Singer-songwriter and Dark Star Orchestra’s tour manager, Matt Reynolds passed away unexpectedly over the weekend, leaving those who knew Reynolds and the extended Dark Star Orchestra family reeling. Reynolds served as Dark Star’s tour manager for twelve years, serving as the man behind-the-scenes for their countless nationwide tours since August of 2006. Reynolds himself was a musician, melding Americana, country-rock, and the blues for his soulful numbers, and was tapped for this year’s Dark Star Jubilee at the end of May. In April of 2015, Reynolds released his debut solo album titled Been Long Gone, which was co-produced by Dark Star’s guitarist and studio engineer Rob Eaton and Ted Pecchio respectively.In a statement issued by the band, Dark Star Orchestra sent their condolences to Matt’s mother, brother, and sister and penned a touching tribute to their tour manager, crediting him as being the “behind-the-scenes beacon guiding us through success, tumult, and all points in between, usually with great humor, and always with gentle nature.” You can read Dark Star’s full statement on the loss of Matt Reynold’s here, and check out Reynolds’ music via his Soundcloud here. Fare the well, Matt. You will be missed.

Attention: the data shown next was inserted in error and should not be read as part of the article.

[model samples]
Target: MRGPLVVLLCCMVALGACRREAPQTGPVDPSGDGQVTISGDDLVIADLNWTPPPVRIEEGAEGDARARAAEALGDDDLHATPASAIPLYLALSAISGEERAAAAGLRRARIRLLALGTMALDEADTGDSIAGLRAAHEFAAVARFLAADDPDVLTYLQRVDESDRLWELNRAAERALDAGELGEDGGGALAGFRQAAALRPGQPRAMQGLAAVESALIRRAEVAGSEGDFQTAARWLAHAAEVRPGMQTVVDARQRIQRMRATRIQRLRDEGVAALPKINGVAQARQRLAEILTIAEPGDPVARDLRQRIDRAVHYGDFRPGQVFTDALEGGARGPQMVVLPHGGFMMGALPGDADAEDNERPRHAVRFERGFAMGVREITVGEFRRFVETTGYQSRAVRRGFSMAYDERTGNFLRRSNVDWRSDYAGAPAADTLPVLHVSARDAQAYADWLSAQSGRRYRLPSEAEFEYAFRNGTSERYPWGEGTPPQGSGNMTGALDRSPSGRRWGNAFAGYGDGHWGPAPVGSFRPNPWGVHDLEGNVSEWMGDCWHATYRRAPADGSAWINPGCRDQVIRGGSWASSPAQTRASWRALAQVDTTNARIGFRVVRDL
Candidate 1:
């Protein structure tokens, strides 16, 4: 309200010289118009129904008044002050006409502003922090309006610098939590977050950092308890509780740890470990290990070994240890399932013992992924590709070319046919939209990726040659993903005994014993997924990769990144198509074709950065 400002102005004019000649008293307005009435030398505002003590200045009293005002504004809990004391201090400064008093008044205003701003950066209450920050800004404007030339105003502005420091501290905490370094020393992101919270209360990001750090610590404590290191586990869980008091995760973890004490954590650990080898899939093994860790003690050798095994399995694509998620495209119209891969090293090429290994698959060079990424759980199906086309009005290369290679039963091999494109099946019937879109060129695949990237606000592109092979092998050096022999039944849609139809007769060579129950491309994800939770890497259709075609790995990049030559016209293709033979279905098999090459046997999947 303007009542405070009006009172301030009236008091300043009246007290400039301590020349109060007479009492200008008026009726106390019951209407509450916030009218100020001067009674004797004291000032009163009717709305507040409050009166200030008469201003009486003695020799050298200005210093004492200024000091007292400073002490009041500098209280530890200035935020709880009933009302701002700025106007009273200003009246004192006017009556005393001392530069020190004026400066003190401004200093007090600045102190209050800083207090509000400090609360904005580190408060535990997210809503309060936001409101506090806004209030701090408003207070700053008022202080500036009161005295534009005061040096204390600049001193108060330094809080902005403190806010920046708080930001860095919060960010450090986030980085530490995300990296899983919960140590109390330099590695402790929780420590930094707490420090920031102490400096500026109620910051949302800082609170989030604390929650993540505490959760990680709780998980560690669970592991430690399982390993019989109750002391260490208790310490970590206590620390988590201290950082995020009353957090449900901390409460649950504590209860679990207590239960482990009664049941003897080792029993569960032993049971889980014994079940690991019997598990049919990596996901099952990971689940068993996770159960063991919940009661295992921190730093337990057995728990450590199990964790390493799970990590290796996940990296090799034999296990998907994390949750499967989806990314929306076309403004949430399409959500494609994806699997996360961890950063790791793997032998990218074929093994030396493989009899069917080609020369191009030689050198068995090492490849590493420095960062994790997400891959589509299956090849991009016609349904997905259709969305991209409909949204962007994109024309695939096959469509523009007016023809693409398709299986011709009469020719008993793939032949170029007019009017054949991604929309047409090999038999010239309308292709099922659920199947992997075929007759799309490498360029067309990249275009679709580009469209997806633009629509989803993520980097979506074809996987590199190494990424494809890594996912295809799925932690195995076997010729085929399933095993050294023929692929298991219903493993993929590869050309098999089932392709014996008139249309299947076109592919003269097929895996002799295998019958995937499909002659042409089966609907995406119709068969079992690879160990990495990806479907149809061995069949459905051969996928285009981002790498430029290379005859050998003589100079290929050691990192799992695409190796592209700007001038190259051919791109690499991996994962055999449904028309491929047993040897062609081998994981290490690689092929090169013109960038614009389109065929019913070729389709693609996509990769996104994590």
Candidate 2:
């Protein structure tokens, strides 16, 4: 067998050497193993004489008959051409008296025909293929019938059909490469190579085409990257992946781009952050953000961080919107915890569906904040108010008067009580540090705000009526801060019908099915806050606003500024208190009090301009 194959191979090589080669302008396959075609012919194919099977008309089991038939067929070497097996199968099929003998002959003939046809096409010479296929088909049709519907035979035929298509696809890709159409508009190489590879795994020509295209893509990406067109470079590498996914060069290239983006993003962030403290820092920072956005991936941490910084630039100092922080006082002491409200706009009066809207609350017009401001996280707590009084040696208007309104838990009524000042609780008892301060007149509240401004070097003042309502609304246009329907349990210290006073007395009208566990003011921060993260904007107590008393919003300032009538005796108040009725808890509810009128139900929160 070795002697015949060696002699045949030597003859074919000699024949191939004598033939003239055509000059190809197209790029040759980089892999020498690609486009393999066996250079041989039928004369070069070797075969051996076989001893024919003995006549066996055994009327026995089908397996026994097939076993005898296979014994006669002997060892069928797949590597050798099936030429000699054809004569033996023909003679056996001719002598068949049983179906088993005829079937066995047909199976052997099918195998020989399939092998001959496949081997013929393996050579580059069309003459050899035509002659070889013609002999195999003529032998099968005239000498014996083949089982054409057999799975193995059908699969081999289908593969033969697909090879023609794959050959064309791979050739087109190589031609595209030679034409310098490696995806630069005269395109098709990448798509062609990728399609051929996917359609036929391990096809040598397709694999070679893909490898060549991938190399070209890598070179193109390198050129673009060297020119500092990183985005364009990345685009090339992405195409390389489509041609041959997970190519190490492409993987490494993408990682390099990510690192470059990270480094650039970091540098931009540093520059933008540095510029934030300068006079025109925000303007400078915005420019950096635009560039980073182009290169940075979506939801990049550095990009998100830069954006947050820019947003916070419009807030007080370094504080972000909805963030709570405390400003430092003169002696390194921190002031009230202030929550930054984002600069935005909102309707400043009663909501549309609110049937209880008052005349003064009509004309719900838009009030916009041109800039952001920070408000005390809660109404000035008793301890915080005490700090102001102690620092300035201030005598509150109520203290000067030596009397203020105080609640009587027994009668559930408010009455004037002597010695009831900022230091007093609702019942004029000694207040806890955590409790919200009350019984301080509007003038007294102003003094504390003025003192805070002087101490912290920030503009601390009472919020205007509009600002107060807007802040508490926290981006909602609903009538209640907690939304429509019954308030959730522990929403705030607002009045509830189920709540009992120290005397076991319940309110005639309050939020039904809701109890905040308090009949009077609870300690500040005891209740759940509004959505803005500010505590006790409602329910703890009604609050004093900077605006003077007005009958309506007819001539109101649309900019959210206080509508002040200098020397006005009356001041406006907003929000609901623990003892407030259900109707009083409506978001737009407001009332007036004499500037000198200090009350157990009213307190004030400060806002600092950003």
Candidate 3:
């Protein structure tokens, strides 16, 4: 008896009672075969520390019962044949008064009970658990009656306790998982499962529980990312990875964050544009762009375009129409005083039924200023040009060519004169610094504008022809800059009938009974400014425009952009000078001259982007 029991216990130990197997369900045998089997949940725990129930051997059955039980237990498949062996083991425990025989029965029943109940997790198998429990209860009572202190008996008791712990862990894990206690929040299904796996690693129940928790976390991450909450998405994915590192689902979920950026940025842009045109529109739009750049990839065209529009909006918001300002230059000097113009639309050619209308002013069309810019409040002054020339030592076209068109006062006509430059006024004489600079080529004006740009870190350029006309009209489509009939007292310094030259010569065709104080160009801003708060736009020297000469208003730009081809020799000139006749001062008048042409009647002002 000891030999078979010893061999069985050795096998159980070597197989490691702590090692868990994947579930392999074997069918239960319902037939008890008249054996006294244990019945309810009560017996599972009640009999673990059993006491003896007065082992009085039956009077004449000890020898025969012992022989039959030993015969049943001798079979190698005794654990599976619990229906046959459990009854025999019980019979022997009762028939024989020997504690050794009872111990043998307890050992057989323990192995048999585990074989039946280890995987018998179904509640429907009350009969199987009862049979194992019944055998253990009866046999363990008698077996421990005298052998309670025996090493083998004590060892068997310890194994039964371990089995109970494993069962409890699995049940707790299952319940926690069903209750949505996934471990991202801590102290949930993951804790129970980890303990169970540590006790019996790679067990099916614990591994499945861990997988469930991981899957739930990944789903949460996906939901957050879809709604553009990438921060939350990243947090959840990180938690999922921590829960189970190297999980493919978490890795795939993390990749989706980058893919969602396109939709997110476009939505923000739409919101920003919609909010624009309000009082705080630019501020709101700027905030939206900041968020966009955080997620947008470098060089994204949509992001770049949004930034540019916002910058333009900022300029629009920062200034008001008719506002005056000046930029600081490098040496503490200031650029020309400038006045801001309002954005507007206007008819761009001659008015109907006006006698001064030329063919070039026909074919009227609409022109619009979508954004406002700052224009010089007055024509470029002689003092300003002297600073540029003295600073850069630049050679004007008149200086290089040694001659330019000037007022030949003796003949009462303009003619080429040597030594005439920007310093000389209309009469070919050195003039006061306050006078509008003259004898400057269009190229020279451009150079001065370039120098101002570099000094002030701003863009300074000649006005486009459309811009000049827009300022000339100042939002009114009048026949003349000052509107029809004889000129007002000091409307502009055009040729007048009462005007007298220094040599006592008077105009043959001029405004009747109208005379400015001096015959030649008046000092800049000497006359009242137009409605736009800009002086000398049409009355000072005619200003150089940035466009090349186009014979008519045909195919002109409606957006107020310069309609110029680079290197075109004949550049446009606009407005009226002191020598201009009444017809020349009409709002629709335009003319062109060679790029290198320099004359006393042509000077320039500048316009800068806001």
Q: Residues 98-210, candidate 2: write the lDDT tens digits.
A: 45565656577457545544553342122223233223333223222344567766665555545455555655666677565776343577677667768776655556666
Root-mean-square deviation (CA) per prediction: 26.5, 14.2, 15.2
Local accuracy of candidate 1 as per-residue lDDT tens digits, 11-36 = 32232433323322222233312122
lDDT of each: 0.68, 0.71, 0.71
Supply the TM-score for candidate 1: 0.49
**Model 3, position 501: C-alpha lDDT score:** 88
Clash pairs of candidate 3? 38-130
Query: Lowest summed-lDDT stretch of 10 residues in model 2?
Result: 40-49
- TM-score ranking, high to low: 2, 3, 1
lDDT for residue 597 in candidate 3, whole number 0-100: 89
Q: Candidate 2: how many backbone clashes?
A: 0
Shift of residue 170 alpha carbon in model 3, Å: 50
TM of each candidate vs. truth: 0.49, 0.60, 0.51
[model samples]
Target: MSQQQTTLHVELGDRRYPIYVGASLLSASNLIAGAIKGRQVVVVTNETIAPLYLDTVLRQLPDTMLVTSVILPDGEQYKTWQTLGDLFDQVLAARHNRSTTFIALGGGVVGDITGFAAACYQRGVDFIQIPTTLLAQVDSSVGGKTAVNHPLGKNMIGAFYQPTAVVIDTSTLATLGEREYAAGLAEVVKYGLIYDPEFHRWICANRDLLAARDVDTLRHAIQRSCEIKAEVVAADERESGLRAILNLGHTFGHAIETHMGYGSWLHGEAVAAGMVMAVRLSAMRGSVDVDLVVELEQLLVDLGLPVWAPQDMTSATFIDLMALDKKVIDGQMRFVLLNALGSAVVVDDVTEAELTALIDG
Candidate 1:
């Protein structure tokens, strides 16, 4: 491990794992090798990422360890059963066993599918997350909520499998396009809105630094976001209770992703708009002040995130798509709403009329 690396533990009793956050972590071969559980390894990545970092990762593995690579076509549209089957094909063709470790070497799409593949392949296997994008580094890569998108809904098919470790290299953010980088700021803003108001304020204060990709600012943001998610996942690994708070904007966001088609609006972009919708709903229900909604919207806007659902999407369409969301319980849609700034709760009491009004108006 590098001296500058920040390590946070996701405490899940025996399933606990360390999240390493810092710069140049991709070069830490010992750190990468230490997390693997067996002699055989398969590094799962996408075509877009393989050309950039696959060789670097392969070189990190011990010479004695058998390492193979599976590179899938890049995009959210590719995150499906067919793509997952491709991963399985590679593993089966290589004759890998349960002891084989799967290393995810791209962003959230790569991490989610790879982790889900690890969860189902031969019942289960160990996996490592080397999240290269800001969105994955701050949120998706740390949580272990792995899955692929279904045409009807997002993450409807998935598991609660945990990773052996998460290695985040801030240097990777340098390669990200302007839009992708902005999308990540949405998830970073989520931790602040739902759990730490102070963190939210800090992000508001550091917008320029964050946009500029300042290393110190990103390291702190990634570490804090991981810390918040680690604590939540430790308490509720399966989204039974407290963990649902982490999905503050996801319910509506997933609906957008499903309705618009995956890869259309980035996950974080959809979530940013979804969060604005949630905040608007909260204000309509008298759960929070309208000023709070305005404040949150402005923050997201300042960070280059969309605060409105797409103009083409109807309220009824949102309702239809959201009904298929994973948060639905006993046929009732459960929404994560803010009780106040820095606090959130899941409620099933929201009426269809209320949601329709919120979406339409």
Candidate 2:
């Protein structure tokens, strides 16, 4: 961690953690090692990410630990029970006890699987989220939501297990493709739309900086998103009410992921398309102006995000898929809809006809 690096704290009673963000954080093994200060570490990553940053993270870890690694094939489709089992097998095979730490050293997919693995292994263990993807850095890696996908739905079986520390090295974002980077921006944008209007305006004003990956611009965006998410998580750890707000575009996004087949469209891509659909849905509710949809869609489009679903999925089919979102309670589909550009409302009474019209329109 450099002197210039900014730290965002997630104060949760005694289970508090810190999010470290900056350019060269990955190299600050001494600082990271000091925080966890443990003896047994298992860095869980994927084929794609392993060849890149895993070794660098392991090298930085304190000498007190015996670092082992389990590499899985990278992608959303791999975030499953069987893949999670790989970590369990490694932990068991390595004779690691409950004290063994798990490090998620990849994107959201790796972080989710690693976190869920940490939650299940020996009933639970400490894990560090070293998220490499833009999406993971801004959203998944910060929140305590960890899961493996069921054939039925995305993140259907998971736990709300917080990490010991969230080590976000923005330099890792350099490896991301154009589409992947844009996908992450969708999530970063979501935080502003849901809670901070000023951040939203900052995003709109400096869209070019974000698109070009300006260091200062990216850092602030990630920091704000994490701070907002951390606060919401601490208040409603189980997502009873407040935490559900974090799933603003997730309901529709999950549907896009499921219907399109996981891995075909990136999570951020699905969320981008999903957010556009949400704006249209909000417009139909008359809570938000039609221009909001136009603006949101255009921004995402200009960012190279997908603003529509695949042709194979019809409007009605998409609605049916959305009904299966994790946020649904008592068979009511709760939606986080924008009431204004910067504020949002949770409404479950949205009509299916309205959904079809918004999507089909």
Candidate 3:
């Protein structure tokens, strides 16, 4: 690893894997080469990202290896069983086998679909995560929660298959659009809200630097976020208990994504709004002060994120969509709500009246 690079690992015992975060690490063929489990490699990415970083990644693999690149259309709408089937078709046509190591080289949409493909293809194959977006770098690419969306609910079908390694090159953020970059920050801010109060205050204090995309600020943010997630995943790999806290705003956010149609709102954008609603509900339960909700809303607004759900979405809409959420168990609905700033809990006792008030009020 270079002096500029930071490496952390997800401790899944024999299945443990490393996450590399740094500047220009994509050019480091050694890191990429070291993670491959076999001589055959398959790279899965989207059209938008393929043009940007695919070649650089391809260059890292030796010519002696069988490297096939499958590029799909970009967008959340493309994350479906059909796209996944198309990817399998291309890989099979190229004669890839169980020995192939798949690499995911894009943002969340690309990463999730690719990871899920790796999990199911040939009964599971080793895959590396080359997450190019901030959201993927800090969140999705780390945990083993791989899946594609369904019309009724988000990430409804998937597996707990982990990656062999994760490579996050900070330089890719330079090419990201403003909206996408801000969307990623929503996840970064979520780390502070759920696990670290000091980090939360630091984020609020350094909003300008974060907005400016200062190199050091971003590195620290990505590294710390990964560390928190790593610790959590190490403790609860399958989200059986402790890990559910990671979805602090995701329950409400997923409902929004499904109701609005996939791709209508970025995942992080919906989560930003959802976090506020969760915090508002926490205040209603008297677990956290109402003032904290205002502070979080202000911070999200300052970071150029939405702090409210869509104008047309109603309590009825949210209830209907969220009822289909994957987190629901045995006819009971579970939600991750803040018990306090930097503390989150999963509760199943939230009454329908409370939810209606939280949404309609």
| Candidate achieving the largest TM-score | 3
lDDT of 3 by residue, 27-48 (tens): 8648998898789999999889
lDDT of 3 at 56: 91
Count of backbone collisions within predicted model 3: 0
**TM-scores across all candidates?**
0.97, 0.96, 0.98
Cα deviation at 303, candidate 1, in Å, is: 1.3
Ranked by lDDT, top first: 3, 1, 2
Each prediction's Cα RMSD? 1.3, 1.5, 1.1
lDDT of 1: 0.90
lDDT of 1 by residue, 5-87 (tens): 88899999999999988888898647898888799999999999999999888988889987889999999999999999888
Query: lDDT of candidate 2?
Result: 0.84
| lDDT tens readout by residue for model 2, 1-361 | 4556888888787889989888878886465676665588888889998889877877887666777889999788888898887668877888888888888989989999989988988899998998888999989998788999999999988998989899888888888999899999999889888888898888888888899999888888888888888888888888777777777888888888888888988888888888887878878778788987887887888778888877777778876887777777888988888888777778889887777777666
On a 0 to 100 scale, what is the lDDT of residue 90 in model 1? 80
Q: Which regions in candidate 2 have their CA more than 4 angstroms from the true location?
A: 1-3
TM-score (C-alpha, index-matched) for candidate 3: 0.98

Curbing carbon pollution from U.S. power plants will help address both global climate change and reduce other air pollutants — including ozone, fine particulates, acid rain, and mercury pollution — that can harm people, forests, crops, lakes, fish, and wildlife, according to Harvard School of Public Health (HSPH), Harvard Forest, and Syracuse University researchers.The scientists released a study mapping potential environmental health benefits of power plant carbon standards. The report, issued May 27 at Syracuse University, coincided with the U.S. Environmental Protection Agency’s announcement on June 2, proposing carbon pollution standards for existing power plants.“With a mix of stringency and flexibility, the new EPA rules have the potential to substantially reduce emissions of sulfur dioxide and nitrogen oxides from power plants, which contribute to local and regional air pollution,” co-author Jonathan Buonocore, research fellow at HSPH’s Center for Health and the Global Environment, said in a statement. Read Full Story